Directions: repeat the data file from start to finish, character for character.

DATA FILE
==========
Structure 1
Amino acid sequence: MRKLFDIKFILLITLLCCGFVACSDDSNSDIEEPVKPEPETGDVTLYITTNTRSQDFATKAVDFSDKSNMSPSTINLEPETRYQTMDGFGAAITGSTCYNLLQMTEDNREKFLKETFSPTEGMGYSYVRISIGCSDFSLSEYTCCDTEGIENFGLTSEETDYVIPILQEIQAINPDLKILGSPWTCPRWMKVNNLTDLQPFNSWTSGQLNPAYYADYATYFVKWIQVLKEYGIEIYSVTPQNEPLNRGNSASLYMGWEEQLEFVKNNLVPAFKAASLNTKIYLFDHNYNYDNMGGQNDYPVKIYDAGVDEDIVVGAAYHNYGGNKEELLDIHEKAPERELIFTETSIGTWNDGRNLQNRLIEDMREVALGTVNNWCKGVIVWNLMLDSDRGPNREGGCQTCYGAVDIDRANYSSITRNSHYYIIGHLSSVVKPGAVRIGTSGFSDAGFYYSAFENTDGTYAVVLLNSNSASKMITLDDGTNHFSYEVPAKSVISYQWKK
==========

Structure 1
Amino acid sequence: MRKLFDIKFILLITLLCCGFVACSDDSNSDIEEPVKPEPETGDVTLYITTNTRSQDFATKAVDFSDKSNMSPSTINLEPETRYQTMDGFGAAITGSTCYNLLQMTEDNREKFLKETFSPTEGMGYSYVRISIGCSDFSLSEYTCCDTEGIENFGLTSEETDYVIPILQEIQAINPDLKILGSPWTCPRWMKVNNLTDLQPFNSWTSGQLNPAYYADYATYFVKWIQVLKEYGIEIYSVTPQNEPLNRGNSASLYMGWEEQLEFVKNNLVPAFKAASLNTKIYLFDHNYNYDNMGGQNDYPVKIYDAGVDEDIVVGAAYHNYGGNKEELLDIHEKAPERELIFTETSIGTWNDGRNLQNRLIEDMREVALGTVNNWCKGVIVWNLMLDSDRGPNREGGCQTCYGAVDIDRANYSSITRNSHYYIIGHLSSVVKPGAVRIGTSGFSDAGFYYSAFENTDGTYAVVLLNSNSASKMITLDDGTNHFSYEVPAKSVISYQWKK